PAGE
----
Recently a FLUKA study from the CERN Sources, Targets and Interactions group has been carried out to assess possible backgrounds and the radiation level in the FASER location. The study shows that no high energy (>100 GeV) particles are expected to enter FASER from proton showers in the dispersion suppressor or from beam-gas interactions. In addition, the radiation level expected at the FASER location is very low due to the dispersion function in the LHC cell closest to FASER.

An emulsion detector and a battery-operated radiation monitor were installed at the FASER site in June 2018. The results from these first in situ measurements will complement and validate the background estimates and inform future work, which includes refining background estimates, evaluating signal efficiencies, and optimizing the detector.

Discovery Prospects for FASER

Figure 2: Projected FASER exclusion reach for dark photons (left), dark Higgs bosons (center), and HNLs (right) parameter space in the corresponding coupling vs. mass plane. The gray shaded regions are excluded by current experimental bounds, and the colored contours represent projected future sensitivities of other proposed experiments that search for long-lived particles.

In previous work, we studied FASER's potential to detect dark photons, dark Higgs bosons, heavy neutral leptons (HNLs). Combined, these studies established the significant potential for FASER to extend the LHC's discovery reach in models with renormalizable portals, where the new physics couples to the SM through dimension-4 interactions:

The physics reach at FASER for these models is shown in Fig. 2. Here we assume that backgrounds can be reduced to negligible levels. The gray-shaded regions of parameter space have already been excluded by previous experiments. For comparison we also show the projected reaches of other proposed experiments that search for long-lived particles.

Dark photons (left) are mainly produced in the decay of light mesons or via dark bremsstrahlung and are therefore very collimated around the beam collision axis. Already a very small detector with radius R = 20 cm and length ∆ = 3 m is able to probe large and unconstrained regions of parameter space, making dark photons an ideal short term goal for FASER. In contrast, dark Higgs bosons and HNLs define a good long term physics goal. They are both mainly produced in heavy meson decays, leading to a larger spread around the beam collision axis. A larger, but still relatively small, detector with R ~ 1 m is then required to exploit the full potential of FASER.

Note that FASER's physics potential is not restricted to the models mentioned above. It has been shown that FASER can probe flavor-specific scalar mediators, neutralinos and U(1)B-L-gauge bosons. Additionally, studies for FASER's potential to discover axion-like particles and inelastic dark matter and strongly interacting massive particles are underway.

Timeline and Detector Benchmarks

The proposed timeline is for FASER to be installed in TI18 during Long Shutdown 2 (LS2), in time to collect data during Run 3 of the 14 TeV LHC from 2021-23. FASER's cylindrical active decay volume has a radius R = 10 cm and depth D = 1.5 m, and the detector's total length is under 5 m. FASER will run concurrently with the LHC and require no beam modifications. Its interactions with existing experiments are limited only to requiring bunch crossing timing and luminosity information from ATLAS.

If FASER is successful, a larger version, FASER 2, with an active decay volume with R = 1 m and D = 5 m, could be installed during LS3 and take data in the 14 TeV HL-LHC era. FASER 2 would require extending TI18 or widening the adjacent staging area UJ18.

If you are interested in working on FASER

If you are interested in studying FASER's physics potential, please consider the following two benchmark geometries for FASER's decay volume:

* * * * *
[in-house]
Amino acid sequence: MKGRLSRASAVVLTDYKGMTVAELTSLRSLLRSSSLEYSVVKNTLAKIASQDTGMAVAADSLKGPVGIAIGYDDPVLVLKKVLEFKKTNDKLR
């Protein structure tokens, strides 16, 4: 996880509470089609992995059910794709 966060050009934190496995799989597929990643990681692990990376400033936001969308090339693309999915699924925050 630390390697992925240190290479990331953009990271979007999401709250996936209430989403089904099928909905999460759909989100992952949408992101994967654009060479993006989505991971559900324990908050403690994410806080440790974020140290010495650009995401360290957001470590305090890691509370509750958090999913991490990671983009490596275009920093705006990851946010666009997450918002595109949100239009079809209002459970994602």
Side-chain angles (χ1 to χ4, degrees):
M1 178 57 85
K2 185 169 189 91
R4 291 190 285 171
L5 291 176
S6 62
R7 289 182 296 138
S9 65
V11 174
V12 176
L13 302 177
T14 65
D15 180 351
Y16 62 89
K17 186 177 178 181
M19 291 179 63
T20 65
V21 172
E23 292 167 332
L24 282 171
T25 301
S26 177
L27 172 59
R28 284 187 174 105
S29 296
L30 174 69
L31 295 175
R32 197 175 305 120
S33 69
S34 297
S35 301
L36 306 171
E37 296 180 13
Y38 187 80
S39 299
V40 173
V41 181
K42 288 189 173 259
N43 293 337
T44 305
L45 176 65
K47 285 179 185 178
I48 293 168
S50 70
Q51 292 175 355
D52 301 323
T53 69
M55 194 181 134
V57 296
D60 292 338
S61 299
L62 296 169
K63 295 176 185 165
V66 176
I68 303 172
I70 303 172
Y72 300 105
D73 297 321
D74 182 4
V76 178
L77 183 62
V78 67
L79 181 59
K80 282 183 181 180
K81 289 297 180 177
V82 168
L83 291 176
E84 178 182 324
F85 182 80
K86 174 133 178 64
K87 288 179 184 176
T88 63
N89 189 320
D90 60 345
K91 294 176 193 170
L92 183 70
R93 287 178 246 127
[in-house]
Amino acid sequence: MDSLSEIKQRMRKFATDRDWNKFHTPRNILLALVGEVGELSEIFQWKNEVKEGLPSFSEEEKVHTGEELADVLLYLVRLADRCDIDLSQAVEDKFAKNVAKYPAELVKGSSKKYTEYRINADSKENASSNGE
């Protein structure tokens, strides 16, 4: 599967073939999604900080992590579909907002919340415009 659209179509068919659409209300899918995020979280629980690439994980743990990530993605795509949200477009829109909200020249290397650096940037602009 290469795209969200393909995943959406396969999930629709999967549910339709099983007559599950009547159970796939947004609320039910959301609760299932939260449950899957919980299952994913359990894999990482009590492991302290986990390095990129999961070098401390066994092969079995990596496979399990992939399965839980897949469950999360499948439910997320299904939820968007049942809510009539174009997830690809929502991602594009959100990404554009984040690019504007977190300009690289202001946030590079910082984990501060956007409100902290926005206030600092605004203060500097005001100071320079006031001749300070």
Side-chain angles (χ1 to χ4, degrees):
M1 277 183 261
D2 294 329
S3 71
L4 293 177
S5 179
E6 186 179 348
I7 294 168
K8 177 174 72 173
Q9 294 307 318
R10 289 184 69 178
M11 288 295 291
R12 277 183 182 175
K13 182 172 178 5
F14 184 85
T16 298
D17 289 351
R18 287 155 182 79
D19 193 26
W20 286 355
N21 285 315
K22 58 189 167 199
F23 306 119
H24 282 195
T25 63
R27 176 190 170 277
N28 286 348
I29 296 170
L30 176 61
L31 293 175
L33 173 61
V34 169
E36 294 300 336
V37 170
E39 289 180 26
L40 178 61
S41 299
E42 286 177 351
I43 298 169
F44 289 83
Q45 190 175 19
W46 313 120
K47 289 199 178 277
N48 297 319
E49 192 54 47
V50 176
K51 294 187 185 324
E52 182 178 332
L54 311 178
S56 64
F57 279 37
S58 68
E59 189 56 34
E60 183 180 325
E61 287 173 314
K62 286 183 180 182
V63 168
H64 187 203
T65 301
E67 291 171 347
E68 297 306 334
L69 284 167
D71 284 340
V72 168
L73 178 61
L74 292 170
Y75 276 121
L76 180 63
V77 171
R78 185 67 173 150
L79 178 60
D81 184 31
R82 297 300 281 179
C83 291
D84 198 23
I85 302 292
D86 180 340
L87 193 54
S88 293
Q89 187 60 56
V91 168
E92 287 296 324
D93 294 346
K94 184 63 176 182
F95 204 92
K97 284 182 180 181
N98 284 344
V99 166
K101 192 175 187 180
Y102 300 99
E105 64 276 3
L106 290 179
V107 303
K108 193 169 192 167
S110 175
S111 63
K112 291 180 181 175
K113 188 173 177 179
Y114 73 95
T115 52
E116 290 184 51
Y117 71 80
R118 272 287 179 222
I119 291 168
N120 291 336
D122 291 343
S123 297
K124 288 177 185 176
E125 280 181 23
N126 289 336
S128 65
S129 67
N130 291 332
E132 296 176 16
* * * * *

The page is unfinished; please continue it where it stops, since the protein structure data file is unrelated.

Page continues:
Please also contact a FASER theorist - we are happy to assist and and answer your questions.

Additional Resources

Papers about FASER

Presentations about FASER

Meetings, Conferences, Workshops

Photos and Pictures

  • Photos
IMG_1575.jpg IMG_1557.jpg
  • Line of Sight Maps
Forward_Infrastructure.png Infrastructure_Full.png Infrastructure_Photo.png
  • Schematics of the Detector


FASER e-group is: Active members:
  • Akitaka Ariga (Bern, experimentalist)
  • Tomoko Ariga (Kyushu/Bern, experimentalist)
  • Jamie Boyd (CERN, experimentalist) (contact with PBC accelerator group)
  • Dave Casper (UC Irvine, experimentalist)
  • Jonathan Feng (UC Irvine, theorist) (contact with PBC BSM group)
  • Iftah Galon (Rutgers, theorist)
  • Shih-Chieh Hsu (Washington, experimentalist)
  • Peppe Iacobucci (Geneva, experimentalist)
  • Felix Kling (UC Irvine, theorist)
  • Hidetoshi Otono (Kyushu, experimentalist)
  • Brian Petersen (CERN, experimentalist)
  • Osamu Sato (Nagoya, experimentalist)
  • Anna Sfyrla (Geneva, experimentalist)
  • Jordan Smolinsky (UC Irvine, experimentalist)
  • Aaron Soffa (UC Irvine, experimentalist)
  • Yosuke Takubo (KEK, experimentalist)
  • Sebastian Trojanowski (Warsaw, theorist)

FASER Web Utilities

Topic attachments
I Attachment History Action Size Date Who Comment
JPEGjpeg FaserLogo.jpeg r1 manage 37.1 K 2018-07-17 - 00:54 FelixKlingExternal1  
PDFpdf FaserLogo.pdf r1 manage 6.5 K 2018-07-17 - 00:54 FelixKlingExternal1  
PNGpng FaserLogo.png r1 manage 16.9 K 2018-07-17 - 00:54 FelixKlingExternal1  
PNGpng Forward_Infrastructure.png r1 manage 121.8 K 2018-05-10 - 23:53 FelixKlingExternal1 Forward Infrastructure
JPEGjpg IMG_1557.jpg r1 manage 6671.1 K 2018-04-26 - 23:12 JlfExternal  
JPEGjpg IMG_1575.jpg r1 manage 6697.8 K 2018-04-26 - 23:05 JlfExternal FASER Proposed Site
PNGpng Infrastructure_Full.png r1 manage 158.8 K 2018-05-11 - 00:02 FelixKlingExternal1 LHC Infrastructure and Location of FASER
PNGpng Infrastructure_Photo.png r1 manage 268.6 K 2018-05-10 - 23:59 FelixKlingExternal1 Location of FASER with Photos and Maps
PDFpdf LHCLayout2.pdf r1 manage 203.9 K 2018-04-26 - 23:22 JlfExternal  
JPEGjpg Reach.jpg r1 manage 202.4 K 2018-06-14 - 04:01 FelixKlingExternal1  
Edit | Attach | Watch | Print version | History: r103 | r31 < r30 < r29 < r28 | Backlinks | Raw View | Raw edit | More topic actions...
Topic revision: r29 - 2018-09-18 - JamieBoyd
    • Cern Search Icon Cern Search
    • TWiki Search Icon TWiki Search
    • Google Search Icon Google Search

    FASER All webs login

This site is powered by the TWiki collaboration platform Powered by PerlCopyright & 2008-2020 by the contributing authors. All material on this collaboration platform is the property of the contributing authors.
Ideas, requests, problems regarding TWiki? Send feedback